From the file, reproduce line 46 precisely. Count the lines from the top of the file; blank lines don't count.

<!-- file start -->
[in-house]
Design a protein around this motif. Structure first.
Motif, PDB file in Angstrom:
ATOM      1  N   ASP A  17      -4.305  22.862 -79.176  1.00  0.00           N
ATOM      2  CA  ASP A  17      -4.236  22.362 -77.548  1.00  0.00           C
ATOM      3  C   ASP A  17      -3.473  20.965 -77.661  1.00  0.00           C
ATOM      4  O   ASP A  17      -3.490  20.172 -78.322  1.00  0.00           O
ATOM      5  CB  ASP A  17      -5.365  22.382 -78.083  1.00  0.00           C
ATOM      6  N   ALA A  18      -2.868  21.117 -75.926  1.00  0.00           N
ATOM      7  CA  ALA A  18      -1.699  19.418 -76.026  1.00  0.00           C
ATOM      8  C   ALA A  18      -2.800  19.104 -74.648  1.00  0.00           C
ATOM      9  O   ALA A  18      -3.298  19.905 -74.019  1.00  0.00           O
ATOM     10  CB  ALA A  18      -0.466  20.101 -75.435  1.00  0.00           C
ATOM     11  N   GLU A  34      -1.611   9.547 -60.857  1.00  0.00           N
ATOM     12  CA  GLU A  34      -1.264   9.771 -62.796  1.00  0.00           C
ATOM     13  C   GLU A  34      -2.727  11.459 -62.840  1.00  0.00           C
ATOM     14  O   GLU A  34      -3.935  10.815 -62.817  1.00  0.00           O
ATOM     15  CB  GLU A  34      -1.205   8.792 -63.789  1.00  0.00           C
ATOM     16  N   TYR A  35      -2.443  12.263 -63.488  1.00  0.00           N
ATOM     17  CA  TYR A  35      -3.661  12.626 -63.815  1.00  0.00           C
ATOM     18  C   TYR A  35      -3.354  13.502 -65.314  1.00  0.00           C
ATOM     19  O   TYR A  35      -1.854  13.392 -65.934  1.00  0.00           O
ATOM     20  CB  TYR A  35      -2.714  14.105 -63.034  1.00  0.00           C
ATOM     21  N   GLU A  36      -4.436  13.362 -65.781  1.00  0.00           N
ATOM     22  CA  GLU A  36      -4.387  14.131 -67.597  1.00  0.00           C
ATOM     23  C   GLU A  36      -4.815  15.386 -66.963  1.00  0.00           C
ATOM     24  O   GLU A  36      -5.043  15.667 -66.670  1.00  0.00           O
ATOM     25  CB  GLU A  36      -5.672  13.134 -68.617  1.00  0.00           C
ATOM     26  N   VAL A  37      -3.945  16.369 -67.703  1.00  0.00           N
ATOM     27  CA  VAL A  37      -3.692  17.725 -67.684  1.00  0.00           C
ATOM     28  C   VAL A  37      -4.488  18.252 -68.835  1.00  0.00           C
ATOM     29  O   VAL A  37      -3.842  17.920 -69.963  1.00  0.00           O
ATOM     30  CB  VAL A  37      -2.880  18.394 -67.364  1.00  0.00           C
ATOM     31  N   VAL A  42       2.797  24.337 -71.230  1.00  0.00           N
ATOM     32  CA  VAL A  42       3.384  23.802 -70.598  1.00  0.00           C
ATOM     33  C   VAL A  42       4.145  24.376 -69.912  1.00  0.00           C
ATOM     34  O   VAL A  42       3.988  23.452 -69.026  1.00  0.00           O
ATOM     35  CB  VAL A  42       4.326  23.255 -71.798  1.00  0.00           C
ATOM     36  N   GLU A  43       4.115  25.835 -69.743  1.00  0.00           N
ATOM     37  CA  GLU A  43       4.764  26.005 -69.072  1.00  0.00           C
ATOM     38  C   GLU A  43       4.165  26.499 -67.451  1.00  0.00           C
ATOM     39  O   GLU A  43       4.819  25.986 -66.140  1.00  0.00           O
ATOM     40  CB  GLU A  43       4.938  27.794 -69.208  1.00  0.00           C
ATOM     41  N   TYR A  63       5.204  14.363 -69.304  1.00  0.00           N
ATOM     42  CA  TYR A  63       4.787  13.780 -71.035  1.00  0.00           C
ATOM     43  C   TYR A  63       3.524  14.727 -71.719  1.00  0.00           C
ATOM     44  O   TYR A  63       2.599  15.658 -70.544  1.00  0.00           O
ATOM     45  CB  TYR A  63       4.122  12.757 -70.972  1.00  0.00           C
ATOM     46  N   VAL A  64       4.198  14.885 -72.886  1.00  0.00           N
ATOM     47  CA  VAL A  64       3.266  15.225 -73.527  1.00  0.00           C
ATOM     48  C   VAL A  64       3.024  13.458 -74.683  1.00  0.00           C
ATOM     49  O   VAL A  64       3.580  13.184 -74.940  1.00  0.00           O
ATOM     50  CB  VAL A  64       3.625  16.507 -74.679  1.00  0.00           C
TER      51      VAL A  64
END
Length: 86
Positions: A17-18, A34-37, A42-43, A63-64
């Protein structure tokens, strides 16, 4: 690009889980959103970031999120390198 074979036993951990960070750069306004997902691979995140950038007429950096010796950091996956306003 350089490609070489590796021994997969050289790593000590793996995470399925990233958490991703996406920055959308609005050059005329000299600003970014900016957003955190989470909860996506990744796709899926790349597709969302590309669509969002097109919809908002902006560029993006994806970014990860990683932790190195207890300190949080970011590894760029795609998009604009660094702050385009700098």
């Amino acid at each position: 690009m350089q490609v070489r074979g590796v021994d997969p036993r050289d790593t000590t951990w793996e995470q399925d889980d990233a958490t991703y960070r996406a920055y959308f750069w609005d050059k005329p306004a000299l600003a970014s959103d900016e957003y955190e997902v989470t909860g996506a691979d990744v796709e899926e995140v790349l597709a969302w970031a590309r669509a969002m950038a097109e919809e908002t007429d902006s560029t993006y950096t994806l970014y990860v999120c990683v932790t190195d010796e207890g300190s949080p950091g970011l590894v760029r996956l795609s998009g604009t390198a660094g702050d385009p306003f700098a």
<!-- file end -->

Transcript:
ATOM     43  C   TYR A  63       3.524  14.727 -71.719  1.00  0.00           C